I just watched the video of Obama's speech in Cairo, and I must say, I cringed when he said this line: "For over a thousand years, Al-Azhar has stood as a beacon of Islamic learning, and for over a century, Cairo University has been a source of Egypt's advancement."
Oddly, he pronounced Al-Azhar as "ulazar," and not "al azz har," as it should be pronounced. You'd think he would have been coached on that one. (Michael Goldfarb will be disappointed to learn that the U.S. president is not a secret Arabic speaker after all.)
Maybe Obama should have used phonetic spellings, like his predecessor often did?
The speech was mostly good, but it did contain some oddities, such as its repeated references to the hijab, the head scarf that many Muslim women wear. Obama seems to view this controversial article of clothing uncritically, reserving his comments for those, presumably in France and Britain, who support banning the hijab in public schools and so forth:
[T]he U.S. government has gone to court to protect the right of women and girls to wear the hijab, and to punish those who would deny it. [...] [I]t is important for Western countries to avoid impeding Muslim citizens from practicing religion as they see fit – for instance, by dictating what clothes a Muslim woman should wear. We cannot disguise hostility towards any religion behind the pretence of liberalism. [...] I reject the view of some in the West that a woman who chooses to cover her hair is somehow less equal.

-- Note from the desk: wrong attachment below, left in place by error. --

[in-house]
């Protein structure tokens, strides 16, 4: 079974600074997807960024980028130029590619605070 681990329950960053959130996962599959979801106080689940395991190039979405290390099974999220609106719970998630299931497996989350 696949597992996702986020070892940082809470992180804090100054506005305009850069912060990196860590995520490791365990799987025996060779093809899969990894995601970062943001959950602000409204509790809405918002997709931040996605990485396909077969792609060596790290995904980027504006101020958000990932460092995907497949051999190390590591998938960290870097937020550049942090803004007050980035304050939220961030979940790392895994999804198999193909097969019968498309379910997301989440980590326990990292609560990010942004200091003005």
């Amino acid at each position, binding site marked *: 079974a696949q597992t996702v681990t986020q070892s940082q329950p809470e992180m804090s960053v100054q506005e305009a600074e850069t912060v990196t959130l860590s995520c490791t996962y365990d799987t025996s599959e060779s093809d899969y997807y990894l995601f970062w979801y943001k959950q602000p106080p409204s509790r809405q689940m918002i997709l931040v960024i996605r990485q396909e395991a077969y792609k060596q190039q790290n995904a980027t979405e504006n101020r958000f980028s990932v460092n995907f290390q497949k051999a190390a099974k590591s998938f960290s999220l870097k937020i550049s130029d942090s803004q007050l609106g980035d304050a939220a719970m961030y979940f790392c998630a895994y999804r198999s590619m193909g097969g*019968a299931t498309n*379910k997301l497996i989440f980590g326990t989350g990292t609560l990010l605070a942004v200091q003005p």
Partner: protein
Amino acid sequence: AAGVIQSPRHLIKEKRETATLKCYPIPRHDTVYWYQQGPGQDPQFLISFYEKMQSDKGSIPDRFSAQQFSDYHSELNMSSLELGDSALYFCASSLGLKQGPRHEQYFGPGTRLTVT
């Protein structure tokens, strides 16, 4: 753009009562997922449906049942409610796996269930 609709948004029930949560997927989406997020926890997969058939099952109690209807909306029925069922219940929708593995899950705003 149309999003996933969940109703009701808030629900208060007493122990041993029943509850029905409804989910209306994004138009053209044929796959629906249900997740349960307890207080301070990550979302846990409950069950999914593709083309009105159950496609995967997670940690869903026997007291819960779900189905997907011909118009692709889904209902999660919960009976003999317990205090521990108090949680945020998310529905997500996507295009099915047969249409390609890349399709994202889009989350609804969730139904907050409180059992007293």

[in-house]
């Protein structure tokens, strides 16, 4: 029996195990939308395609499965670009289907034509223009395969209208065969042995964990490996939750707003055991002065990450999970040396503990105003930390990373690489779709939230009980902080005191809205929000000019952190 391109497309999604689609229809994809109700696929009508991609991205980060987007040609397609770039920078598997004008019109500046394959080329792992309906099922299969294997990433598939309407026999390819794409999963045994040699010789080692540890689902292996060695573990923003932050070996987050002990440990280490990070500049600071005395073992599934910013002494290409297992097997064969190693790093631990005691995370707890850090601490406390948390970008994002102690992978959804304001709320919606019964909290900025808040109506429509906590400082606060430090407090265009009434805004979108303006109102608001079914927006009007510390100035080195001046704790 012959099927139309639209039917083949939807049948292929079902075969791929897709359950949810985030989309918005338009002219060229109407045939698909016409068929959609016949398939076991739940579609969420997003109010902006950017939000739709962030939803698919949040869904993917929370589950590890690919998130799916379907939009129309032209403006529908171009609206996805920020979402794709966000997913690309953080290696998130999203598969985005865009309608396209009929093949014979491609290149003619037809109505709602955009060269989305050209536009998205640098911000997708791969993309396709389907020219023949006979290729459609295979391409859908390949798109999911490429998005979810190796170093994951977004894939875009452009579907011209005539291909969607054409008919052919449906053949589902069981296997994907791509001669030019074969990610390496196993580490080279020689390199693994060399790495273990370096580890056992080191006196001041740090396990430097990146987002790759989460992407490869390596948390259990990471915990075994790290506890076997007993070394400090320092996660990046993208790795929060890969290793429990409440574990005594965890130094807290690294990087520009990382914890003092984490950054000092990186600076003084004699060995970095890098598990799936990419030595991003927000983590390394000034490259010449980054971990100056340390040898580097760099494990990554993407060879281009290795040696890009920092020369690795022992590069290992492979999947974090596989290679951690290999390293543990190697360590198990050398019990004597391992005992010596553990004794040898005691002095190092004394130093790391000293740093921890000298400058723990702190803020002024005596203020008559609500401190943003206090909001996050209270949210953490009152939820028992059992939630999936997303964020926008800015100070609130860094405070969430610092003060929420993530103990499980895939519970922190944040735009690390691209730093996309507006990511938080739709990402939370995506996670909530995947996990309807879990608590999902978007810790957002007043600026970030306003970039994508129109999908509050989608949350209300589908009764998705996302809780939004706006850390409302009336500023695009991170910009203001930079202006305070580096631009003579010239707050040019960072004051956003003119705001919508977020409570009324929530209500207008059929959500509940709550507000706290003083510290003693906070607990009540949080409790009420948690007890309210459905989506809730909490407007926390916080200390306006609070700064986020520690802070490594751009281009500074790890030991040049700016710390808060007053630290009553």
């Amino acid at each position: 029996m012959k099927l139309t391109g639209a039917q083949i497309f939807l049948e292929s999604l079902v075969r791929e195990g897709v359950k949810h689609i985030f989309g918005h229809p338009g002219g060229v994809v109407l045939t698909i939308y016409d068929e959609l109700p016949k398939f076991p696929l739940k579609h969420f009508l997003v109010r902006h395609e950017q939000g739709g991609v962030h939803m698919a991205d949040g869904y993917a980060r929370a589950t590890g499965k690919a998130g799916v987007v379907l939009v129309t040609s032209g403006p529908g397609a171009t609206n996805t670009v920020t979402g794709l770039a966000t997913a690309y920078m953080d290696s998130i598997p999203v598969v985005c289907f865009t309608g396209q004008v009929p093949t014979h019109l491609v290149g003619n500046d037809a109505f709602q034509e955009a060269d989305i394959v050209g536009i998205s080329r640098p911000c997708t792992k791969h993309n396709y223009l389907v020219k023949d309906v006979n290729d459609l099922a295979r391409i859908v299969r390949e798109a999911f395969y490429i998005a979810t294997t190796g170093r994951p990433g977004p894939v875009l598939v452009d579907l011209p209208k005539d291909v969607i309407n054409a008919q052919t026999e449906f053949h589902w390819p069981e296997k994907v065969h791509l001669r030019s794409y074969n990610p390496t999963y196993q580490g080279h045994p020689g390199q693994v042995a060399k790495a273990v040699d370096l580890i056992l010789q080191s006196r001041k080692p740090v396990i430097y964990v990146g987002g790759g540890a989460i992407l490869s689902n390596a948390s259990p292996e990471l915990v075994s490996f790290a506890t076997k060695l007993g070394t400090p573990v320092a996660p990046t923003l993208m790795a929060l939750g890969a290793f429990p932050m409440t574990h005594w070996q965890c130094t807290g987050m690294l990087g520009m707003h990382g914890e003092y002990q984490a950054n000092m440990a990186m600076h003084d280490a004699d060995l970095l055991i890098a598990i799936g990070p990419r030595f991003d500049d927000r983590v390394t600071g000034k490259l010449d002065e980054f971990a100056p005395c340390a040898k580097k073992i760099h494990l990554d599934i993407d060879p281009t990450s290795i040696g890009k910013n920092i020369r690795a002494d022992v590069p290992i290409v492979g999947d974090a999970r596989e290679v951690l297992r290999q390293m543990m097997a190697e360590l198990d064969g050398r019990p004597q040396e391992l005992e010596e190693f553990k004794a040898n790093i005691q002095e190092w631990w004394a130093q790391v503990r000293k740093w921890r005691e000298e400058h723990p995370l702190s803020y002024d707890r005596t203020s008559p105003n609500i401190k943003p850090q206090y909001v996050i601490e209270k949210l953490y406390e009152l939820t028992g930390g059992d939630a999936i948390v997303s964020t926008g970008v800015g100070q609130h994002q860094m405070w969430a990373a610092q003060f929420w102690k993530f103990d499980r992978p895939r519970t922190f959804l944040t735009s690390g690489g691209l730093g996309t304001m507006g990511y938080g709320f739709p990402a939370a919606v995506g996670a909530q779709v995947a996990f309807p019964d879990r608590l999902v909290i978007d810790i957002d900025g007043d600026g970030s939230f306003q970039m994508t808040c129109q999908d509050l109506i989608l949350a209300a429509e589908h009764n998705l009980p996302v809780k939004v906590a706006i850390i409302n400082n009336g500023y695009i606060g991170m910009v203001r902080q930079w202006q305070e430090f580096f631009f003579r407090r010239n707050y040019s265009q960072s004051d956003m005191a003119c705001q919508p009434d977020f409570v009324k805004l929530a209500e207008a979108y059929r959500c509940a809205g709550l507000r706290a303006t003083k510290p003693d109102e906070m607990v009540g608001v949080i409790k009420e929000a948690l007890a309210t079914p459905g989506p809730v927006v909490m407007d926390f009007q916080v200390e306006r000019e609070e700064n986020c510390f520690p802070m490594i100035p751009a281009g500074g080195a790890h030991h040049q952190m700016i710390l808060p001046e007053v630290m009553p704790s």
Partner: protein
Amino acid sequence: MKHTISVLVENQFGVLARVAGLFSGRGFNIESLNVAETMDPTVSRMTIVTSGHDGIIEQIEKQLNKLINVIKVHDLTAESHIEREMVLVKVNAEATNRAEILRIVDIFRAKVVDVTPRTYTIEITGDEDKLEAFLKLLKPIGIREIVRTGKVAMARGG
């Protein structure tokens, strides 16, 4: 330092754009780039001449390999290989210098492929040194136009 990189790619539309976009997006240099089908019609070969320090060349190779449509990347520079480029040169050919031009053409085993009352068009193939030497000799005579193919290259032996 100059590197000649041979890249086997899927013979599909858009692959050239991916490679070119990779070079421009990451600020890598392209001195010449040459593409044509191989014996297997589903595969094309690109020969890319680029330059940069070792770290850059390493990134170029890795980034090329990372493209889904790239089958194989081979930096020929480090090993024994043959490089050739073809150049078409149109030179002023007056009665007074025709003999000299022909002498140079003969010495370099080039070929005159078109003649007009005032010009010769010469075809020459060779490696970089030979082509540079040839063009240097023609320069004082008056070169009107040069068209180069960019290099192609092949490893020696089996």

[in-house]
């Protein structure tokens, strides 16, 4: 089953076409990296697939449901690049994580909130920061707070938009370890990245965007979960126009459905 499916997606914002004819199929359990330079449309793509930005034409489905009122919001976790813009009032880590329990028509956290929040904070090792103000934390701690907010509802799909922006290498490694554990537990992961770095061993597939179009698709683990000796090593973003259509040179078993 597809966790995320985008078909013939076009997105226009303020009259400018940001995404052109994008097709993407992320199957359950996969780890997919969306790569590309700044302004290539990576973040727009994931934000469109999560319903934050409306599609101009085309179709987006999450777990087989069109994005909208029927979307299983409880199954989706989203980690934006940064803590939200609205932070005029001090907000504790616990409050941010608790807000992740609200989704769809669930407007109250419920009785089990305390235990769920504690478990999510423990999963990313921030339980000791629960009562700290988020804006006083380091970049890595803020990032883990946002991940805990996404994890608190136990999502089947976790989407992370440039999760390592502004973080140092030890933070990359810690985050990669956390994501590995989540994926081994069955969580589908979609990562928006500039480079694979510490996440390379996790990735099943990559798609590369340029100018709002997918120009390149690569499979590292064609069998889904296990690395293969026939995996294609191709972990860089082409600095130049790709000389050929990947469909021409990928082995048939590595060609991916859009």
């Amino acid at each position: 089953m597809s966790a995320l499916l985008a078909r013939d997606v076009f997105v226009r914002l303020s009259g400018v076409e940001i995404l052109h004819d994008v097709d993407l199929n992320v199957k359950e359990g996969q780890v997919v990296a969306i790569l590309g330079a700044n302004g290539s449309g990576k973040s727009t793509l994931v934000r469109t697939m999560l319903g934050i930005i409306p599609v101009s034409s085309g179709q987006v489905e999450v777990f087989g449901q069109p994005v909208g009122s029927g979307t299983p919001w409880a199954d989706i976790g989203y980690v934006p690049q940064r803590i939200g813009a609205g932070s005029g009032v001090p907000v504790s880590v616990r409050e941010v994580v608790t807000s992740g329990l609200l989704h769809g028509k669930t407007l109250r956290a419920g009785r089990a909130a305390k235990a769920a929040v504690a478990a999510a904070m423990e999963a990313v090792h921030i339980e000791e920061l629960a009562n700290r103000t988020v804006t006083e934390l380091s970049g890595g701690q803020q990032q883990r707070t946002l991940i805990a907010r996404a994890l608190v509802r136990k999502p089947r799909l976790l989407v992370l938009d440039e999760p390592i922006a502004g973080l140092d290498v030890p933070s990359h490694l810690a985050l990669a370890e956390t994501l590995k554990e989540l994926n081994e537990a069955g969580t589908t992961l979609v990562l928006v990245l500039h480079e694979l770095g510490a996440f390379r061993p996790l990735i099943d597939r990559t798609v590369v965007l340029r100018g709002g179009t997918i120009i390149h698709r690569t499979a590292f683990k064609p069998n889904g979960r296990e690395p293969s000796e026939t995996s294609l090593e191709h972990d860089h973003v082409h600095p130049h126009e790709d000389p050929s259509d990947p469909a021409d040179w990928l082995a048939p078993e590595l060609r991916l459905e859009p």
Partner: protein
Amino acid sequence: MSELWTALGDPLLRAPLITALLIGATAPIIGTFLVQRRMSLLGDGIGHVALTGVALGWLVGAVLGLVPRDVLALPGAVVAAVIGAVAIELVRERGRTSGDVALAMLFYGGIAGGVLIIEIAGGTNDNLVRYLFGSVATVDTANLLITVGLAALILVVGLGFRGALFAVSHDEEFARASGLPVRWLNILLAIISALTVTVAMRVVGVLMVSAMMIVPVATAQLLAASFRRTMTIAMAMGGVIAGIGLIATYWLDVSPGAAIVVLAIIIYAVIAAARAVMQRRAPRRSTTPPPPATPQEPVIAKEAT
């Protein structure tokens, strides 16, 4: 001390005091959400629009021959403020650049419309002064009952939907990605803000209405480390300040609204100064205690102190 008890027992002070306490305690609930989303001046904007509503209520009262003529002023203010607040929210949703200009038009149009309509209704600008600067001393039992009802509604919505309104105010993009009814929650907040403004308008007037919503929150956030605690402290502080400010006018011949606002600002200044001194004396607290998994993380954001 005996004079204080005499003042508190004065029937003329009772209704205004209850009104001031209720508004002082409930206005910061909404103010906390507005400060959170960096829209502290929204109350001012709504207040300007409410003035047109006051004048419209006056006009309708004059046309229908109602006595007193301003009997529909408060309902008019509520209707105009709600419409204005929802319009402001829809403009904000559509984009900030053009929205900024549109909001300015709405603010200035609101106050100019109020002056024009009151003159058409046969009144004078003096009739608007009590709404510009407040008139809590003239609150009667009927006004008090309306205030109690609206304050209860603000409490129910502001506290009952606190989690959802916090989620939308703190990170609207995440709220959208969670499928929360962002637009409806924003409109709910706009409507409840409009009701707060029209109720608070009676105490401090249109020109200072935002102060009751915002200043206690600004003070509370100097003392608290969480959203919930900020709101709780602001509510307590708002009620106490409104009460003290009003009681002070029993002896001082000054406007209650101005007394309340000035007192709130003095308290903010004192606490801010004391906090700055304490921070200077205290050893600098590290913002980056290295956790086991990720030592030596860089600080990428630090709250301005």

Obama should understand that women in Muslim communities don't always feel that they have a choice about wearing the hijab. I heard many liberal, secular women in Cairo complain that they felt great social pressure bearing down upon them to cover their hair, and that the religious trend in the country meant the pressure was only increasing. A nod to such women's concerns would have been nice to hear.
UPDATE: Peter Daou has more on the hijab:
With women being stoned, raped, abused, battered, mutilated, and slaughtered on a daily basis across the globe, violence that is so often perpetrated in the name of religion, the most our president can speak about is protecting their right to wear the hijab?
Passport, FP’s flagship blog, brings you news and hidden angles on the biggest stories of the day, as well as insights and under-the-radar gems from around the world.